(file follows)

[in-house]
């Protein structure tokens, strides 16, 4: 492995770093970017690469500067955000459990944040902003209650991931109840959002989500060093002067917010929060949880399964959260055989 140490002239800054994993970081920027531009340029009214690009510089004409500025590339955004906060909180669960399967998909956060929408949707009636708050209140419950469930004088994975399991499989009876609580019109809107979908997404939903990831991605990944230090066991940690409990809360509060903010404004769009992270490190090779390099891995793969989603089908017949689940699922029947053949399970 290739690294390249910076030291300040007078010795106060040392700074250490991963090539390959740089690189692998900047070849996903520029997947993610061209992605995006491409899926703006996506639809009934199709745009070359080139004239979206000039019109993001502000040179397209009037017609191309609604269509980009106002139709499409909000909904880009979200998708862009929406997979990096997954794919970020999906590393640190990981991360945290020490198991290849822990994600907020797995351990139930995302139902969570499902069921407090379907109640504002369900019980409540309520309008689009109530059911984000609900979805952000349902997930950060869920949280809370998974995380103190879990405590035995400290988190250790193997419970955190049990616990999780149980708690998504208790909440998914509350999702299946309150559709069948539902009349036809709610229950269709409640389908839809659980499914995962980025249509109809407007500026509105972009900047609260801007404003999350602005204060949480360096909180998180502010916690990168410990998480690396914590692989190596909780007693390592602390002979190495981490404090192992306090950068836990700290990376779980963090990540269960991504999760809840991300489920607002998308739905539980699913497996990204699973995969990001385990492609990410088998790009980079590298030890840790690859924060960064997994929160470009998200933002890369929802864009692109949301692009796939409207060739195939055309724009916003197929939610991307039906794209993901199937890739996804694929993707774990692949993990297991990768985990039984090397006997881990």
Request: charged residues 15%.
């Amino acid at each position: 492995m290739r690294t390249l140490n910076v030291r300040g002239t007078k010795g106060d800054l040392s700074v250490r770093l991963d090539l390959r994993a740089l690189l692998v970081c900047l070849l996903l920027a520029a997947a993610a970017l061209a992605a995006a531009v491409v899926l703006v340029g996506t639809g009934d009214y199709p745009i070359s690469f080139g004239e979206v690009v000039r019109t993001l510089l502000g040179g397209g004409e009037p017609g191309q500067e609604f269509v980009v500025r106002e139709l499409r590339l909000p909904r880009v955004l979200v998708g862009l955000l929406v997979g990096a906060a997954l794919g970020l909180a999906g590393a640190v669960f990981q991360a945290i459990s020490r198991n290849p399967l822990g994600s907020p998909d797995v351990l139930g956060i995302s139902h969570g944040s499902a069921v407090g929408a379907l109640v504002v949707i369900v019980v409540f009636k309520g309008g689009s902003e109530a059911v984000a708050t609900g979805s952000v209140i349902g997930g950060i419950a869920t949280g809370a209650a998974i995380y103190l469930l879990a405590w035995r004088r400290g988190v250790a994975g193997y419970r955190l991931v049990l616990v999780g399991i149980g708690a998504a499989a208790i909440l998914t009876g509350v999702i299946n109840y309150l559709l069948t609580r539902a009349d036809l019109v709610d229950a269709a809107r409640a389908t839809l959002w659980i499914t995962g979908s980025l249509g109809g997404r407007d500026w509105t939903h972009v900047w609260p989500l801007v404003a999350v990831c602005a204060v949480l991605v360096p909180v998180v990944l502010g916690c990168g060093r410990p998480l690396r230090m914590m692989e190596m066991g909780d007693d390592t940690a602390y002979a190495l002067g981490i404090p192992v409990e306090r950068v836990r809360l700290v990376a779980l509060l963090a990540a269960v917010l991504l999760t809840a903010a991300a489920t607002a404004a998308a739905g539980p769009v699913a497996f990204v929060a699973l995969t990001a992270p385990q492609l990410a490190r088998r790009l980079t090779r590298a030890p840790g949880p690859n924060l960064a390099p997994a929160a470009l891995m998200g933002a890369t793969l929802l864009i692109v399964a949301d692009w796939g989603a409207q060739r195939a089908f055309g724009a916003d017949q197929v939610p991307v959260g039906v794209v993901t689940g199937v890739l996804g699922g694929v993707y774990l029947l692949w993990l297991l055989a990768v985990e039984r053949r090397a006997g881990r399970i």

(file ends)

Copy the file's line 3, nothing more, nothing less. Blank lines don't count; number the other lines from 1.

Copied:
Request: charged residues 15%.